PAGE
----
Sunday, November 3, 2013


                            —for Robert Peake

Last time I was in London, I hated the squalor.
Only when I crash-landed in a little used parlour—
decked in clashing cabbage rose wallpaper, 
chintz and bric-a-brack, starched antimacassars
covering the striped silk-covered horsehair sofa, 
as we so carefully perched, slurping our tea—
only then did I feel at ease. We were strangers,
distant relatives, my two girlfriends and I.

As I wandered across Hammersmith Bridge, 
I spied a pearly king all in his Sunday finery,
top hat & coattails adorned in wheels & crosses
made of flashies—mother-of-pearl buttons.
Reflections of a glinting sea & secret shells.
No hippie, the old man had the sense to ignore
the American urchin in the land of Cockaigne.

The river hissed strange, dank secrets.
And the clouds over Hammersmith, 
seethed and roiled over the Thames. 
Water seeking the ablution of water.
I was trapped in a painting by Frangonard, 
or perhaps by Watteau. Bucolic & melancholic,
I was a teenager, far from home & homesick.

Whenever I find a real button in the street
I save rare coinage for the pearly king.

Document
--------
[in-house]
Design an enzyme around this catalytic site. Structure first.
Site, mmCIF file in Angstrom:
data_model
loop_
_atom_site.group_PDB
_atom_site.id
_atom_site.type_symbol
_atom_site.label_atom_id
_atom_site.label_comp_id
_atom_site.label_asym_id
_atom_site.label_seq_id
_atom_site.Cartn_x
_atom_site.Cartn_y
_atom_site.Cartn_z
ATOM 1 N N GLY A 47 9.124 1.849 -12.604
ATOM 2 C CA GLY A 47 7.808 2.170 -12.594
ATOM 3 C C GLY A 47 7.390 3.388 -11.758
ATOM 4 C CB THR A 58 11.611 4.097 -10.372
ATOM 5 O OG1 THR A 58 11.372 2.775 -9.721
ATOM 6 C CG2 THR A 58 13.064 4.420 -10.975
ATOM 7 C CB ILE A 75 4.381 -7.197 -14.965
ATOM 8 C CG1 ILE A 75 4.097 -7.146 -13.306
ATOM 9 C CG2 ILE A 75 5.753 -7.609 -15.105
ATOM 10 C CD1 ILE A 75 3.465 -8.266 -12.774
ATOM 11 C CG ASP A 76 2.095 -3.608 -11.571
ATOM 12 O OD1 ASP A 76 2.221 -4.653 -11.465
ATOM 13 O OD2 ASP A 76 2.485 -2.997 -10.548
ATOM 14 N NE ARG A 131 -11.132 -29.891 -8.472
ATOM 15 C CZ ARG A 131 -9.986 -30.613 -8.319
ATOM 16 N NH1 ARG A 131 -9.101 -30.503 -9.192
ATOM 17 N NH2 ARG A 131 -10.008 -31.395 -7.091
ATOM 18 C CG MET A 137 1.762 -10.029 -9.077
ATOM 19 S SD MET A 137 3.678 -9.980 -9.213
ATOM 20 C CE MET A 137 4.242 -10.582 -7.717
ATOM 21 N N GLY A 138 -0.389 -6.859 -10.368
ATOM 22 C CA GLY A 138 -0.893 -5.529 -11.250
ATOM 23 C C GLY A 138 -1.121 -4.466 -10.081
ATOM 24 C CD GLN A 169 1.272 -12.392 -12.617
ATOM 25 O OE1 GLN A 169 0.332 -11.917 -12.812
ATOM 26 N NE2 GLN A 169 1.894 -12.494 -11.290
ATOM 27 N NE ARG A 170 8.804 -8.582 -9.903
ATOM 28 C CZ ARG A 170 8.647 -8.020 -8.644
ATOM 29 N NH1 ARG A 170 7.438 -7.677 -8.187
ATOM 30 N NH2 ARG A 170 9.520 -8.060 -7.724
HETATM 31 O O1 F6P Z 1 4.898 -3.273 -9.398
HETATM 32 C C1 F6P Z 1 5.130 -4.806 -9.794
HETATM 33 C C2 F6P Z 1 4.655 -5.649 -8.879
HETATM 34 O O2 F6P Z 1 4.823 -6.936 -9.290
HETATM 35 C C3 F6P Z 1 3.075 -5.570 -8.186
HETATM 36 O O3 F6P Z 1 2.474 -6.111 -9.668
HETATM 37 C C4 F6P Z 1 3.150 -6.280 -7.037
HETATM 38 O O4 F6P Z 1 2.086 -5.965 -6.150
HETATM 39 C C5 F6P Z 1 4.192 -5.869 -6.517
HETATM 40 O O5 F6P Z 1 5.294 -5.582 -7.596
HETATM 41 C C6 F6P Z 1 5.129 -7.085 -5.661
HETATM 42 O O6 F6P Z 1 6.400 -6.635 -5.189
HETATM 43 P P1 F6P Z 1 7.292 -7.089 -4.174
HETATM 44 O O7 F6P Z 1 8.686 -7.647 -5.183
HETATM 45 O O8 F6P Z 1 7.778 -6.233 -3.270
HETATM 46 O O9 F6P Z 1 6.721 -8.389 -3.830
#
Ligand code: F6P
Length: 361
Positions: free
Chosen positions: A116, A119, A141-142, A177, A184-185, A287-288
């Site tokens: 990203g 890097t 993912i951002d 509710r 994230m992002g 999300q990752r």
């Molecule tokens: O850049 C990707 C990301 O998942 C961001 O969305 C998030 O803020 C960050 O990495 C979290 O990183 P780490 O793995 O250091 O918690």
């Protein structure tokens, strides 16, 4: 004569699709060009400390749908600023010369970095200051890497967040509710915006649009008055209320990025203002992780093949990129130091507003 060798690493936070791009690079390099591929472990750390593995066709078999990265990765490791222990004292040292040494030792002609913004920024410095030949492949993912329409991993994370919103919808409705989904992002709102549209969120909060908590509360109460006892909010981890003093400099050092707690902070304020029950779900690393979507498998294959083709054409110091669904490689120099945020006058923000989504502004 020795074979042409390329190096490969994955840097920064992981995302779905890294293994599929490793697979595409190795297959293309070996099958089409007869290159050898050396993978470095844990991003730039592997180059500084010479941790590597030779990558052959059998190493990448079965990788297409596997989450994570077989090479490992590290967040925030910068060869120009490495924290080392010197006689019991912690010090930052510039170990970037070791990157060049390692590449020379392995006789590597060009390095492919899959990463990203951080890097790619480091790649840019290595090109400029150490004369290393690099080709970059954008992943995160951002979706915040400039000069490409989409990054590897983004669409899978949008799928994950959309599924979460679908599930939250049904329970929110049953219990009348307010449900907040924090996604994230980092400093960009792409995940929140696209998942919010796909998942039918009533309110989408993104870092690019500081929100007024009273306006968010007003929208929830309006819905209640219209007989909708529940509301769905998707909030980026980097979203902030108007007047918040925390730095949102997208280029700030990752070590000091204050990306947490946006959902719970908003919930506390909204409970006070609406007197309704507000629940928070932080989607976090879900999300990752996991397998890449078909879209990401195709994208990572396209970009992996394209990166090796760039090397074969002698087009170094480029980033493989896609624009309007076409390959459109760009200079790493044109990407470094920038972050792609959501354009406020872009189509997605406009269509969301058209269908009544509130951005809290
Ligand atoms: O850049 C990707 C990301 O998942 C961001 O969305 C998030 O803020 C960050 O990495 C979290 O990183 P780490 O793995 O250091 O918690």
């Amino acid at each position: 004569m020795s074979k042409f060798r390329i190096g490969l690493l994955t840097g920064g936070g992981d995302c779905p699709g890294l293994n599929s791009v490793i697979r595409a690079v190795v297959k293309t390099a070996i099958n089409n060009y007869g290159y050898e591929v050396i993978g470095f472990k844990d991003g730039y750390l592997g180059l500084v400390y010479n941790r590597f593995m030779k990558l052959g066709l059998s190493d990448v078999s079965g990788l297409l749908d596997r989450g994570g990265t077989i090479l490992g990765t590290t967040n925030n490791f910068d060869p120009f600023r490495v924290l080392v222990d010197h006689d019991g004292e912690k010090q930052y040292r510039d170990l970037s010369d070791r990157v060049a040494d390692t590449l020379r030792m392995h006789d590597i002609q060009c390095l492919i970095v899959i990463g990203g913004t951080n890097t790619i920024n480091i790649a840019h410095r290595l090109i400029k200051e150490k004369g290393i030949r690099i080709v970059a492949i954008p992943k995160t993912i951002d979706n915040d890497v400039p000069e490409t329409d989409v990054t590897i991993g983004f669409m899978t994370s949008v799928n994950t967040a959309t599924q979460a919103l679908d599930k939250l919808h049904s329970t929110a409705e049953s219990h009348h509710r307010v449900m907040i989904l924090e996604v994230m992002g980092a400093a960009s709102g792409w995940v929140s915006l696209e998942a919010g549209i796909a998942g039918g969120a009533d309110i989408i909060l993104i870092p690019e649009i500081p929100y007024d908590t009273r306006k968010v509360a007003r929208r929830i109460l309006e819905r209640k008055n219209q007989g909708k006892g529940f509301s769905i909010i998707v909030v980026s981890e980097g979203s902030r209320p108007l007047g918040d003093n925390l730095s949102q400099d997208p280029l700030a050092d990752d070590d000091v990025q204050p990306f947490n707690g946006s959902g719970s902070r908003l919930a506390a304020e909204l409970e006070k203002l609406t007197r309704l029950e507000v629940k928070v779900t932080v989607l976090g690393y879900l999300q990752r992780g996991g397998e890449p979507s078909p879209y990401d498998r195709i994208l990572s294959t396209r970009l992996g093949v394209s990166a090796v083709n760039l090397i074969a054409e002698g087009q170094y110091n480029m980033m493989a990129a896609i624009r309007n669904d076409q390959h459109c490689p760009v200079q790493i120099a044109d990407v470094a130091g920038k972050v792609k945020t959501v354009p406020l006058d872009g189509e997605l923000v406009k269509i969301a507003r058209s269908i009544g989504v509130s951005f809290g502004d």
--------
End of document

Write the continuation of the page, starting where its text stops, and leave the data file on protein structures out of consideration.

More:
Closest I ever get to London these days 
is Gatwick Airport, but your poems 
they make me long for an imagined place 
to welcome me home with frail arms
held as wide as the lumbering sky.


PAD Write a “the last time I was here” poem. Imagine you’re returning to a spot (physical, emotional, psychological, etc.): Is it a good thing? Bad thing? What did you leave behind (if anything)? What’s there to welcome you back (again, if anything)?

FIRST DRAFT: Being a country bumpkin from the wilds of West Marin, I hated London. Only when I landed in the distant rellies' seldom used parlour—replete with clashing cabbage rose wallpaper, bricabrack and a silk covered horsehair sofa, in Hammersmith, did I feel at ease. As I walked across Hammersmith Bridge, a Cockney Pearlie King was striding down the sidewalk. I followed him, and marvelled at his topcoat tails covered in fantastic designs and crosses done in mother of pearl buttons. And the clouds over Hammersmith, the Thames. Oh, the clouds, they were marvellous. I was 19. First time away from home. Closest I ever get to London these days is Gatwick Airport but Robert's poems make me want to give it another go.

Note bene: many of my poems come from Facebook posts. One reason why I'm so active on Facebook is because it triggers surprising writing prompts. Fitting them onto PAD writing prompts is an artifice. But that really doesn't matter, because the poem must stand alone in the end.

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